How to defend a golf club from being hacked.

In previous articles, we looked at whether golf clubs were a target for cyberattacks; phishing and spear-phishing emails; password strength and management and, most recently, how to launch a cyber attack on a golf club. This article attempts to bring these articles together and provide you with ways that may help you mitigate any attacks.

If any suggestions below come across as too technical, pass them on to your IT support staff or company.

Start by getting a clear picture of the computer equipment the club runs. You are interested in anything that attaches to the club’s network that has access to the Internet. This list should include servers, desktops, laptops, PSI units, EPoS and BYOD (Bring Your Own Device) units. Next, consider the risks associated with each device. For example, it is reasonably evident that the PSI unit is potentially pretty risky on all levels. In contrast, offices PCs are far less so as they reside in restricted areas. EPoS and servers are somewhere in between. This assessment will give you a clearer idea of where criminals may gain access to your systems.

Rule 1. Always run all software updates on all devices. Most updates now happen automatically, but they still require regular checks. These checks are especially true for operating system updates (though be cautious about upgrading to a new major software version, such as moving from Windows 10 to the latest Windows 11 until your IT support staff or company recommends it). Microsoft and Apple close security flaws in their systems regularly, so ensuring updates are done is critical.

Rule 2. Never turn off your anti-virus or firewall on your computer, even if explicitly requested by a web service you are using, without first consulting your IT support staff or company. If you do turn it off, then make sure you reinstate it as quickly as possible.

Rule 3. Never use an ‘administrator’ account for day to day activity. This type of account allows the user access to all parts of your computer, which means that if you inadvertently click on a malicious link, the criminals can load and run malware on your computer. Good practice dictates that you set up user accounts that do not have administrative powers for day to day operations. Administrator level accounts are required only when particular work is needed, such as loading or updating existing applications.

Rule 4. Keep a register of login details for anyone who has access to the club’s systems. Make sure that you have a policy and process for adding and removing people’s credentials from your systems. This task is especially true with your core club systems such as membership, accounts and email.

Rule 5. Make sure everyone uses a password manager (see June issue). There are many on the market. Some, such as Roboform, offer individual (1 user – $16.70pa), family (up to 5 users – $33.40pa) and business (more than 5 users – $34.95 per user pa) versions. Ideally, the club should buy a suitable package to cover all staff with Internet access. The costs are reasonable for the incredible protection they provide.  Password Managers allow you simply to create unique, strong passwords so that you do not have to use the same password twice (see the next rule). If you really do not want to use a password manager, storing passwords in your browser is an option, but not ideal as passwords do not necessarily travel with you to other computers unless you sign in to your Google, Microsoft or Mozilla account.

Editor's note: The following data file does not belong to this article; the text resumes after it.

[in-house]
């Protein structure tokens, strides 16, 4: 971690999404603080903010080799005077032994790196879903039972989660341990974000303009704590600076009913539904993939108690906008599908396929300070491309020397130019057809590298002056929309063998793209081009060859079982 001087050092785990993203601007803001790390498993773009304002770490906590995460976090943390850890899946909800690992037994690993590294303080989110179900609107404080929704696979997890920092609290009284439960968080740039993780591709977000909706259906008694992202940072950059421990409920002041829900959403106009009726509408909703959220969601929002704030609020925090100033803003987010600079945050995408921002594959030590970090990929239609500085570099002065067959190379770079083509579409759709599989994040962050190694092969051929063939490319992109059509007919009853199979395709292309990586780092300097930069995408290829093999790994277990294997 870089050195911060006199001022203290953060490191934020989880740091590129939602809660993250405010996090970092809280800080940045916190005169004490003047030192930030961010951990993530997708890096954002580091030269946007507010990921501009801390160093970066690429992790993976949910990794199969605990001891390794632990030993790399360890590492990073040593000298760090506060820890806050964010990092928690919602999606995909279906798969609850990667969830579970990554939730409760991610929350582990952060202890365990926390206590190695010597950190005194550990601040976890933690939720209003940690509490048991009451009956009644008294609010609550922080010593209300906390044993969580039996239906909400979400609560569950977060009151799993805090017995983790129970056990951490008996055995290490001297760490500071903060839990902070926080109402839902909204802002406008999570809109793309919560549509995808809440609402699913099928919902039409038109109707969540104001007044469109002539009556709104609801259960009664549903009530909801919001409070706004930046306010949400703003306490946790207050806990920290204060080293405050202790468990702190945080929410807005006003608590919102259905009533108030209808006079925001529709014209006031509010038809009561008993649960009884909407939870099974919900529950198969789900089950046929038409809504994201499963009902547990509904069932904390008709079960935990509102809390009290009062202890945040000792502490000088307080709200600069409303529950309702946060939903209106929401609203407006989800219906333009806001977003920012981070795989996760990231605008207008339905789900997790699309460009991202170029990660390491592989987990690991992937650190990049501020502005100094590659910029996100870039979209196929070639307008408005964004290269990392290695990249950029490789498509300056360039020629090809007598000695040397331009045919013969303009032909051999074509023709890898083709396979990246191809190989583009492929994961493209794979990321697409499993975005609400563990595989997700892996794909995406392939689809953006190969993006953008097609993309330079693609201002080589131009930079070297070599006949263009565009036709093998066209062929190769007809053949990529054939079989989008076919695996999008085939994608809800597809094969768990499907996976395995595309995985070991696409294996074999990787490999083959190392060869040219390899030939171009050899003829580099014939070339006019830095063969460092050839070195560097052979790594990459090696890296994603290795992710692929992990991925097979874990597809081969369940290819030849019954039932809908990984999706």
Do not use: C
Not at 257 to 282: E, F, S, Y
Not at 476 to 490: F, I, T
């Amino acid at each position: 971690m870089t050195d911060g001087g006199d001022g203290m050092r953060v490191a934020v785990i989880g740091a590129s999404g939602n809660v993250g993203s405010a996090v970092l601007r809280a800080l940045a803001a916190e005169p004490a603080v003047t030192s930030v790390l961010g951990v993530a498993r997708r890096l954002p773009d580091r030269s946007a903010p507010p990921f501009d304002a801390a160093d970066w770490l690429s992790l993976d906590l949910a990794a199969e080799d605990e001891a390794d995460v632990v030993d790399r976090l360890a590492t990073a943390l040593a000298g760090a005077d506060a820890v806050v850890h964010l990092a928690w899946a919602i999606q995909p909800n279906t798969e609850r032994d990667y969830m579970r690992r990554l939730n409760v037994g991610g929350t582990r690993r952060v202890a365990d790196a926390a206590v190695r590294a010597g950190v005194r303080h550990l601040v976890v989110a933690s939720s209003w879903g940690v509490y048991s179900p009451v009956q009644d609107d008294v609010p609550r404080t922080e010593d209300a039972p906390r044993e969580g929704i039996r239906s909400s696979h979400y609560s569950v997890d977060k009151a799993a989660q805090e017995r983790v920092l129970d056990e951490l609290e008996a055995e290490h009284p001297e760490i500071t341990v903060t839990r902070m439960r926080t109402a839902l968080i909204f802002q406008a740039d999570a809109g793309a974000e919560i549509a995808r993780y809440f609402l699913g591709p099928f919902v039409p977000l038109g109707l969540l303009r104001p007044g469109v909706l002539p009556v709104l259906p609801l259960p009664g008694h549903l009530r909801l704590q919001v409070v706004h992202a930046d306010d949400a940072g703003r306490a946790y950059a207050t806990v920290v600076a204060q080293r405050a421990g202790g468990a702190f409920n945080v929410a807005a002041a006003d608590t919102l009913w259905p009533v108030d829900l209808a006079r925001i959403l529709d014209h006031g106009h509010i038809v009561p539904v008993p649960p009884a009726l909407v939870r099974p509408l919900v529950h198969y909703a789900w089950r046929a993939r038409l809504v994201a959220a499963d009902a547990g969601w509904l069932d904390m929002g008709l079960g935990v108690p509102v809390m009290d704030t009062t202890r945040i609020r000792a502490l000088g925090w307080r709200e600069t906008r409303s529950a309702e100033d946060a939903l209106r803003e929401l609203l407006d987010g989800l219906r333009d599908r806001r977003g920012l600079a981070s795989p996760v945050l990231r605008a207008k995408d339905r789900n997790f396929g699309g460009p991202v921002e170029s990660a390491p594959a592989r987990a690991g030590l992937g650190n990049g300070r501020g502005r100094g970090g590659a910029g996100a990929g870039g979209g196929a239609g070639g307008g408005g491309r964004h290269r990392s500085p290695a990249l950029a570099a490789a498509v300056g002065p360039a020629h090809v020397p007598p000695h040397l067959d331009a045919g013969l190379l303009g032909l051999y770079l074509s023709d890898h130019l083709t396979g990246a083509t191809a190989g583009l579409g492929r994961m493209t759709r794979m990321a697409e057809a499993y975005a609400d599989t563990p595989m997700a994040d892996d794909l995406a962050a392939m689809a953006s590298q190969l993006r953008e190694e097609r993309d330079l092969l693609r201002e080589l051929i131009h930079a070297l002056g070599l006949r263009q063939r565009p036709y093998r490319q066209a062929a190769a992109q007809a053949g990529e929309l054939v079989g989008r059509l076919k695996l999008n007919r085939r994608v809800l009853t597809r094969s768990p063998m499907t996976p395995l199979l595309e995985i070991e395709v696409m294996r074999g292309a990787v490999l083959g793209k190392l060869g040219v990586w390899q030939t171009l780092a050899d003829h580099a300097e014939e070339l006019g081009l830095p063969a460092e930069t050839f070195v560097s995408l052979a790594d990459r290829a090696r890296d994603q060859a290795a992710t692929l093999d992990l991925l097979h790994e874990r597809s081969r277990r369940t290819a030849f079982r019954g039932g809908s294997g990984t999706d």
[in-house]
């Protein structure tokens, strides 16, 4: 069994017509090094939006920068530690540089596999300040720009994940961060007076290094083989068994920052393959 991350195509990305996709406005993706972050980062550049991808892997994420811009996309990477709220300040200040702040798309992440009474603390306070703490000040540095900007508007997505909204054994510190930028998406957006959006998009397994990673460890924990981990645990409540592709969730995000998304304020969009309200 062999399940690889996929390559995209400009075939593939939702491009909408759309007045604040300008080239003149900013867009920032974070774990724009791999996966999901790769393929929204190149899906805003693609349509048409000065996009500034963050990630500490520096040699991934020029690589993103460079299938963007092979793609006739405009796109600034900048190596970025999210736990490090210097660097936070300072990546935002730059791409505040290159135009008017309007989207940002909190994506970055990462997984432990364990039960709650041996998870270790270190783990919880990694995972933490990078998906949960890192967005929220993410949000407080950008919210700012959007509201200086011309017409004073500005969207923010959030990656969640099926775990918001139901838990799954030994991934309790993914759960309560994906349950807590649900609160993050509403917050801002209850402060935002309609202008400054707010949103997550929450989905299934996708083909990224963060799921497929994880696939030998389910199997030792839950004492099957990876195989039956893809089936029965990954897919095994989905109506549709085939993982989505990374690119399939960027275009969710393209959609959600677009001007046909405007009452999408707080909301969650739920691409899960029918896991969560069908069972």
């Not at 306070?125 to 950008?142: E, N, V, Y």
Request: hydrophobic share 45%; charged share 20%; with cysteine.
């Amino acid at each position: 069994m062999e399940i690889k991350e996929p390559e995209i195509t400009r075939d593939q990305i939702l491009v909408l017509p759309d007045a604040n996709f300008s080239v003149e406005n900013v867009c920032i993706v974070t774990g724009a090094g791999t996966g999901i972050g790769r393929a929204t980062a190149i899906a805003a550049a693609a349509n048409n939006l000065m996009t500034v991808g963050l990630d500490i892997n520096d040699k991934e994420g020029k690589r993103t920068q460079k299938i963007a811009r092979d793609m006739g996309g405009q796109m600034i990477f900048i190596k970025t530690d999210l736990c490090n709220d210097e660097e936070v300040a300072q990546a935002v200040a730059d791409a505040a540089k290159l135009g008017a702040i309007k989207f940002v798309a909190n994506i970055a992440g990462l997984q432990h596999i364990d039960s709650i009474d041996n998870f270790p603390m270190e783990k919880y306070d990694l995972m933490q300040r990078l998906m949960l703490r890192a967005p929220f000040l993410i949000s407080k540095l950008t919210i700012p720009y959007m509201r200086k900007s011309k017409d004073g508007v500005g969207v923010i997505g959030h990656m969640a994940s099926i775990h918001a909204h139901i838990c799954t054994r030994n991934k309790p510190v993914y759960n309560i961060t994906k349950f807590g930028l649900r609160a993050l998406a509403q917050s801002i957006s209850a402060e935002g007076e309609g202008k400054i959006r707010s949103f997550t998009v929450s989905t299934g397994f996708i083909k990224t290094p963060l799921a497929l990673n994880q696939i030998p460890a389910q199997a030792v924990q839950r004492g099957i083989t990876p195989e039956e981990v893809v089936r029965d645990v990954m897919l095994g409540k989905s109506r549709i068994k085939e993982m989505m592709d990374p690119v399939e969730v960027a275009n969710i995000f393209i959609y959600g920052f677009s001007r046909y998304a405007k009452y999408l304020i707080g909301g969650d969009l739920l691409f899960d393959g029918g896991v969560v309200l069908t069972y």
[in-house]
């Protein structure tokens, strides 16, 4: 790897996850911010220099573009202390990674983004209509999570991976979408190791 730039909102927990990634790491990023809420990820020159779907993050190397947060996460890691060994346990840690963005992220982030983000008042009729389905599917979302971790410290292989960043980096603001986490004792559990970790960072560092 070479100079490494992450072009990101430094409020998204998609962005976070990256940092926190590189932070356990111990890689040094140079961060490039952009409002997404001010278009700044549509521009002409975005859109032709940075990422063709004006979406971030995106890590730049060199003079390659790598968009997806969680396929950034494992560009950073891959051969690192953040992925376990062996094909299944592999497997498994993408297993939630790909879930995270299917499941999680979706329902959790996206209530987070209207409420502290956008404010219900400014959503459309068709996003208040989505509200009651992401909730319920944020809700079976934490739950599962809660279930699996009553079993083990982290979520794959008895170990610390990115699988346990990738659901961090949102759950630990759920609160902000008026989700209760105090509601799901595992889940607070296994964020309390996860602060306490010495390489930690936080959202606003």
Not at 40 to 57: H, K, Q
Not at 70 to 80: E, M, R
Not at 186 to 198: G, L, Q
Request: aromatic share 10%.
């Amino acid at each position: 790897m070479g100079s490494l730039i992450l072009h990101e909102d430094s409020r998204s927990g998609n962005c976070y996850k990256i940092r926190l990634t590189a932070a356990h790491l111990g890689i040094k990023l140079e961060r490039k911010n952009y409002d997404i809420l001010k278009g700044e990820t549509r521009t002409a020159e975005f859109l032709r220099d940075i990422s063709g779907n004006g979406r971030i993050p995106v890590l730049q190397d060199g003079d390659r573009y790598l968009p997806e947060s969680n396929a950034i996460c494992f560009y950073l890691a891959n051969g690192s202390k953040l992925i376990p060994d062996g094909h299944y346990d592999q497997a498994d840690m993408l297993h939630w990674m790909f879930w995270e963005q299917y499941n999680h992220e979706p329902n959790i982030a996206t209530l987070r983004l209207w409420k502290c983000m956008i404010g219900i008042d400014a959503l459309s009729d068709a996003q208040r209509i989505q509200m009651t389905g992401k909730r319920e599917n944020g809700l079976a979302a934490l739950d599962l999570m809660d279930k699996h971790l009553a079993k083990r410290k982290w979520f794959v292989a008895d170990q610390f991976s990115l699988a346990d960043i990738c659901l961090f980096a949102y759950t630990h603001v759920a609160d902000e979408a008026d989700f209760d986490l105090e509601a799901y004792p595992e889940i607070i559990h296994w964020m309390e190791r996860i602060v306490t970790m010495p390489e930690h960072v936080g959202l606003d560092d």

Rule 6. Use strong passwords! Do not use the same password twice! Do not share passwords! You can test the strength of a password at

Rule 7. If the club has Wi-Fi, and most now do, make sure you separate the club’s ‘admin’ Wi-Fi from the members’ and visitors’ Wi-Fi. This means that you need Wi-Fi that supports multiple SSIDs (the Wi-Fi’s name you see when you are connecting). Also, make sure the password is changed from the original password to something strong. The members’ and visitors Wi-Fi must not be able to access any of the club’s systems.

Rule 8. Make sure that all PCs lock their screens after a sensibly short period of time! It may be inconvenient, but five or ten minutes is a good choice. If your screen locks after say, 30 minutes, you may as well not lock it at all. Instead, try encouraging everyone to lock their screen before leaving their desk.

Rule 9. Make sure all USB connections are disabled on all public or semi public-facing computers. These include any PSI units and all the EPoS units. This precaution is to stop malware from being introduced through a USB device.

Rule 10. Use Multi-Factor Authentication (MFA), otherwise known as Two Factor Authentication (2FA), wherever it is available. Especially on your password manager and email accounts.

I hope that many managers will already have implemented some, if not all, of these recommendations. Implementing these rules will provide a solid defence against cyberattacks, but educating staff to take cybersecurity seriously adds another layer of protection.

I’ll finish with a short story. Imagine you are alone in Africa and see a lion. What do you do? Fear grips and you hope he’s already eaten or that you can run faster and not become dinner. Now imagine you are on a safari and your tour guide points out a lion. You are excited and happy; take pictures and applaud your guide. You are not fearful! Now imagine you are the guide. You everything there is to know about the lion. You know precisely what to do. You know how to keep yourself safe.